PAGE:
The American commitment to free speech is the most robust in the world. But these days that tolerance stops at the border.
Two cases pending in federal court in Manhattan will soon test how far the government can go in keeping Americans safe from what a State Department manual calls the "irresponsible expressions of opinion by prominent aliens."
One case concerns a decision by the Bush administration to bar a Muslim scholar from visiting the United States. The other is a criminal prosecution of two Brooklyn businessmen for transmitting Hezbollah's television station on their satellite service.
The government's actions in these cases are reminiscent, civil liberties groups say, of another era. For about four decades that coincided roughly with the cold war, the United States routinely barred intellectuals and literary figures from visiting here based on their political views. Graham Greene, Gabriel García Márquez and Doris Lessing were all excluded.
There may be something to be said for avoiding face-to-face encounters with shaggy leftists — the cigarette smoke, for starters, and the jargon, and the complacent moral superiority. But in largely repealing the law on ideological exclusion in 1990, Congress seemed to suggest that Americans could be trusted to make those decisions for themselves.
The spirit of the old law, the McCarran-Walter Act, was revived after the Sept. 11 attacks. The USA Patriot Act of 2001, for instance, allowed the government to deny visas to people who had used their "position of prominence within any country to endorse or espouse terrorist activity."
The government invoked that law in 2004 when it denied a work visa to Tariq Ramadan, a Swiss philosopher and Muslim intellectual. As a consequence, Professor Ramadan had to give up a teaching appointment at, in the words of The Guardian newspaper, "that hotbed of Muslim extremism, the University of Notre Dame in Indiana."
In the three years preceding the denial, Professor Ramadan had visited the United States 24 times, lecturing at Dartmouth, Harvard and Princeton — and the State Department.
Three academic and literary groups sued the government last year over the denial, saying they had a First Amendment right to hear from Professor Ramadan. "There is something so dangerous in keeping writers out of the country because they don't support the government," said Francine Prose, the president of the PEN American Center, one of the plaintiffs. "Tariq Ramadan is the voice of reason, of logic, of toleration and common sense."
After the suit was filed, the government changed its rationale for excluding Professor Ramadan, now saying that he had contributed about $1,300 to a charity in Switzerland from 1998 to 2002. That charity, later designated a terrorist organization by the Treasury Department, in turn made contributions to Hamas, which had already been designated one. Professor Ramadan's second-hand contribution amounted to material support for terrorism, the government said.
Excluding Professor Ramadan "in no way restricts speech," government lawyers wrote in a brief in the case in May. He remains free to say what he likes, they continued, and Americans remain free to hear what he has to say. Just not in person in the United States.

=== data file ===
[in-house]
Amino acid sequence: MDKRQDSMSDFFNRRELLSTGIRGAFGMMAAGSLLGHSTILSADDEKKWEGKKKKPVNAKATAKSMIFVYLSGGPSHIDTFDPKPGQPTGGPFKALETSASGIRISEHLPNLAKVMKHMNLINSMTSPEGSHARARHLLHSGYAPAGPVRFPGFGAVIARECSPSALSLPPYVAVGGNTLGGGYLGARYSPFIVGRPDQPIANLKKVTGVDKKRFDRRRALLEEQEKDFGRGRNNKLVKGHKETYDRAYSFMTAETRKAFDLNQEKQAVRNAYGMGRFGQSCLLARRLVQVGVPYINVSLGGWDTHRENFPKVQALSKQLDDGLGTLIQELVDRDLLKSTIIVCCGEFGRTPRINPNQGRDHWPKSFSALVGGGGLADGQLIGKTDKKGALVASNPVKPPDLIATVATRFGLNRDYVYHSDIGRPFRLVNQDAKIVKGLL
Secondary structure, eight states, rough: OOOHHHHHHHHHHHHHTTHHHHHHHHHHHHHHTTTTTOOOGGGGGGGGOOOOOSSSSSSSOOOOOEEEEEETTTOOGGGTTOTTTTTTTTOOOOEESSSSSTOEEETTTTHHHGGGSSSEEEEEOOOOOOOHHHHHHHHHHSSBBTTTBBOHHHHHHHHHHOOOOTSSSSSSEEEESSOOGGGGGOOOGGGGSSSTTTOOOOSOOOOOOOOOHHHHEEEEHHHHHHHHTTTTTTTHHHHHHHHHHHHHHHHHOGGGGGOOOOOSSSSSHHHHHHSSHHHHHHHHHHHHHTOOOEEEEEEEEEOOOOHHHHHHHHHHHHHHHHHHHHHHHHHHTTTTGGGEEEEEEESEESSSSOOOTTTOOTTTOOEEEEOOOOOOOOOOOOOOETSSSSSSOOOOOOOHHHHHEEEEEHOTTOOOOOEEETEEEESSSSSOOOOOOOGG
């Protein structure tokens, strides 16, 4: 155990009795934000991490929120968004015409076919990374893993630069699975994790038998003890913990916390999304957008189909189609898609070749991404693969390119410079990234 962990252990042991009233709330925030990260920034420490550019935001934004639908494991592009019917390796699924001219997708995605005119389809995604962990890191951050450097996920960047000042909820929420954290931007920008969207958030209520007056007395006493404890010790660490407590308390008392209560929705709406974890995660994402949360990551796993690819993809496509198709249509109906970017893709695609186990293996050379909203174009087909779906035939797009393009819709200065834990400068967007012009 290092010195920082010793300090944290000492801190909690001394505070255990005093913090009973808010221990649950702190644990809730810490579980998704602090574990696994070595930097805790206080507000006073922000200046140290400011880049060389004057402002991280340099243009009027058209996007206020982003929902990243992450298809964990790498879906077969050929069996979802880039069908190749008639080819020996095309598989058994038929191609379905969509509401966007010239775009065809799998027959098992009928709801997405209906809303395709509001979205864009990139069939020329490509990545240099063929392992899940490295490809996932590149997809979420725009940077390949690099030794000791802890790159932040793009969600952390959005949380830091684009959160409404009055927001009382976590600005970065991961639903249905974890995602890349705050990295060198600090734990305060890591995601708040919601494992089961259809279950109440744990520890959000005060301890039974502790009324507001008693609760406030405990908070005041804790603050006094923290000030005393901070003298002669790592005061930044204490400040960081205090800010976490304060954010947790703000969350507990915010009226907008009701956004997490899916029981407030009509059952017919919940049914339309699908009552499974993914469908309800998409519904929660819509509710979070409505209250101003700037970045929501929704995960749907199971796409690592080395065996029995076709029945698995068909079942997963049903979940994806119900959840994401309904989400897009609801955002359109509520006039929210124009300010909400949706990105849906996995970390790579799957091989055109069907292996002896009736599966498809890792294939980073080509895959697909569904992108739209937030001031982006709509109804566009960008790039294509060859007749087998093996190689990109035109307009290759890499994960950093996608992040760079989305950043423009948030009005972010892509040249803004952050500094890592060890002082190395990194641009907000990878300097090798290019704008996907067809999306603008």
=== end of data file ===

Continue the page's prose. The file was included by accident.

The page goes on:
Judge Paul A. Crotty — a federal district judge in Manhattan who was New York City's chief lawyer under Mayor Rudolph W. Giuliani — will hold a hearing in the case on Thursday. In an earlier decision, he said the principles at stake were crucial ones.
"The First Amendment includes not only a right to speak, but also a right to receive information and ideas," Judge Crotty wrote last year. That includes a right, he continued, quoting a Supreme Court decision, "to have an alien enter and to hear him explain and seek to defend his views."
Lawyers for the defendants in the television case, Javed Iqbal and Saleh Elahwal, say the case against them, similarly, is "nothing less than a full frontal assault on the fundamental values inscribed in the First Amendment." The men are charged with providing material support to Hezbollah, the radical Islamic Shiite group in Lebanon, by making its television station, Al Manar, available in the United States.
In a brief filed in July, the government said, in an echo of the Ramadan case, that the satellite case was only about business dealings and "has nothing to do with speech, expression or advocacy," adding that "the defendants remain free to speak out in favor of Hezbollah and its political objectives." But they may not transmit Al Manar's message.
Defense lawyers noted that Fox News and CNN had also broadcast material from Al Manar.
"There is a vast difference," the government responded, "between airing excerpts of footage from Al Manar to illustrate a news event and providing equipment and facilities which allow for the uninterrupted transmission of Al Manar's broadcasts." Fox News, moreover, "did not fully broadcast the audio" and "talked over the video."
There are, of course, a lot of foolish and evil ideas in the world. The United States has generally leaned in the direction of confronting and rebutting those ideas rather than trying to suppress them, though it has been more equivocal in wartime and after terrorist attacks.
The question before the judges considering the two cases is thus a difficult one. What role should the First Amendment play when foreigners are doing the talking and the topic may be terror?
Online: Court documents and an archive of Adam Liptak's articles: nytimes.com/adamliptak.